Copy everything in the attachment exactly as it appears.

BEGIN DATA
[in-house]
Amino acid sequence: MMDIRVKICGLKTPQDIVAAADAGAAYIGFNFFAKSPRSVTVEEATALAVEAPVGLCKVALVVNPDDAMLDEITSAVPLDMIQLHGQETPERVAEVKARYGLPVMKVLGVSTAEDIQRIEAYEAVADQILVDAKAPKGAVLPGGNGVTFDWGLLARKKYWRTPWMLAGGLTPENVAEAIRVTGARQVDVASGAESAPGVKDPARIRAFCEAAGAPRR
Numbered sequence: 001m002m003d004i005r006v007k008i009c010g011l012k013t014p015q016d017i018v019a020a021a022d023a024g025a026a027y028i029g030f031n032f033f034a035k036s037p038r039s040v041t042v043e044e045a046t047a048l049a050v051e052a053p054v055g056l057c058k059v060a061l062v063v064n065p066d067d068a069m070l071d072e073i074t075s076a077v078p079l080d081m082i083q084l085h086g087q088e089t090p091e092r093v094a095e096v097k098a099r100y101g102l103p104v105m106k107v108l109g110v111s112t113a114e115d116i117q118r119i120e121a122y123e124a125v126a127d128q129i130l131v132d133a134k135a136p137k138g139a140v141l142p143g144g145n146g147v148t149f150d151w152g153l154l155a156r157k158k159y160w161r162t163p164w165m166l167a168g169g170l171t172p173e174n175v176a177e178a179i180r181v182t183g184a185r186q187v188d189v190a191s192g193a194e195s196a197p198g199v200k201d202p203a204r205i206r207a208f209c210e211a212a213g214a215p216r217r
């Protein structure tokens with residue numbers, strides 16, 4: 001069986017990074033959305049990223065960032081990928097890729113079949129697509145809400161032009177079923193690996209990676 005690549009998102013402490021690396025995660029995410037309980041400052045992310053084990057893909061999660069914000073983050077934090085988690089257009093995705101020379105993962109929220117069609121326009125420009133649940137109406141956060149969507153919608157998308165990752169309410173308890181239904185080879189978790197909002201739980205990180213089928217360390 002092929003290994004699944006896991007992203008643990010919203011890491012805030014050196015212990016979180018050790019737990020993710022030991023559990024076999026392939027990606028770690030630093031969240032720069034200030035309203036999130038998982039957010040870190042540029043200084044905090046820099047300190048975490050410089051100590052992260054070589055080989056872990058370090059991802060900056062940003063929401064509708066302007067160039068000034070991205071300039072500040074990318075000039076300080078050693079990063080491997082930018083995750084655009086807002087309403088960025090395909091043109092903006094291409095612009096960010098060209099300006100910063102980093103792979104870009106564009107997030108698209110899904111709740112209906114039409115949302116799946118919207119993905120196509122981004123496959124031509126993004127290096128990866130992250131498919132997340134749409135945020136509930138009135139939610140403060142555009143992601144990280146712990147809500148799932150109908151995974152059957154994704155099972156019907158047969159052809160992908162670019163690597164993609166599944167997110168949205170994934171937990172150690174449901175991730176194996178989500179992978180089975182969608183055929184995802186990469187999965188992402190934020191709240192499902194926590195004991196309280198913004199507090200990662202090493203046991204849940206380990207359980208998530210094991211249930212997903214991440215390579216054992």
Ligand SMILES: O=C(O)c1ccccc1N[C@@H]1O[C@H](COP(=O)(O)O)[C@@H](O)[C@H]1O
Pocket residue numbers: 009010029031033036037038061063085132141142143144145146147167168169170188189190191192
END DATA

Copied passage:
[in-house]
Amino acid sequence: MMDIRVKICGLKTPQDIVAAADAGAAYIGFNFFAKSPRSVTVEEATALAVEAPVGLCKVALVVNPDDAMLDEITSAVPLDMIQLHGQETPERVAEVKARYGLPVMKVLGVSTAEDIQRIEAYEAVADQILVDAKAPKGAVLPGGNGVTFDWGLLARKKYWRTPWMLAGGLTPENVAEAIRVTGARQVDVASGAESAPGVKDPARIRAFCEAAGAPRR
Numbered sequence: 001m002m003d004i005r006v007k008i009c010g011l012k013t014p015q016d017i018v019a020a021a022d023a024g025a026a027y028i029g030f031n032f033f034a035k036s037p038r039s040v041t042v043e044e045a046t047a048l049a050v051e052a053p054v055g056l057c058k059v060a061l062v063v064n065p066d067d068a069m070l071d072e073i074t075s076a077v078p079l080d081m082i083q084l085h086g087q088e089t090p091e092r093v094a095e096v097k098a099r100y101g102l103p104v105m106k107v108l109g110v111s112t113a114e115d116i117q118r119i120e121a122y123e124a125v126a127d128q129i130l131v132d133a134k135a136p137k138g139a140v141l142p143g144g145n146g147v148t149f150d151w152g153l154l155a156r157k158k159y160w161r162t163p164w165m166l167a168g169g170l171t172p173e174n175v176a177e178a179i180r181v182t183g184a185r186q187v188d189v190a191s192g193a194e195s196a197p198g199v200k201d202p203a204r205i206r207a208f209c210e211a212a213g214a215p216r217r
């Protein structure tokens with residue numbers, strides 16, 4: 001069986017990074033959305049990223065960032081990928097890729113079949129697509145809400161032009177079923193690996209990676 005690549009998102013402490021690396025995660029995410037309980041400052045992310053084990057893909061999660069914000073983050077934090085988690089257009093995705101020379105993962109929220117069609121326009125420009133649940137109406141956060149969507153919608157998308165990752169309410173308890181239904185080879189978790197909002201739980205990180213089928217360390 002092929003290994004699944006896991007992203008643990010919203011890491012805030014050196015212990016979180018050790019737990020993710022030991023559990024076999026392939027990606028770690030630093031969240032720069034200030035309203036999130038998982039957010040870190042540029043200084044905090046820099047300190048975490050410089051100590052992260054070589055080989056872990058370090059991802060900056062940003063929401064509708066302007067160039068000034070991205071300039072500040074990318075000039076300080078050693079990063080491997082930018083995750084655009086807002087309403088960025090395909091043109092903006094291409095612009096960010098060209099300006100910063102980093103792979104870009106564009107997030108698209110899904111709740112209906114039409115949302116799946118919207119993905120196509122981004123496959124031509126993004127290096128990866130992250131498919132997340134749409135945020136509930138009135139939610140403060142555009143992601144990280146712990147809500148799932150109908151995974152059957154994704155099972156019907158047969159052809160992908162670019163690597164993609166599944167997110168949205170994934171937990172150690174449901175991730176194996178989500179992978180089975182969608183055929184995802186990469187999965188992402190934020191709240192499902194926590195004991196309280198913004199507090200990662202090493203046991204849940206380990207359980208998530210094991211249930212997903214991440215390579216054992």
Ligand SMILES: O=C(O)c1ccccc1N[C@@H]1O[C@H](COP(=O)(O)O)[C@@H](O)[C@H]1O
Pocket residue numbers: 009010029031033036037038061063085132141142143144145146147167168169170188189190191192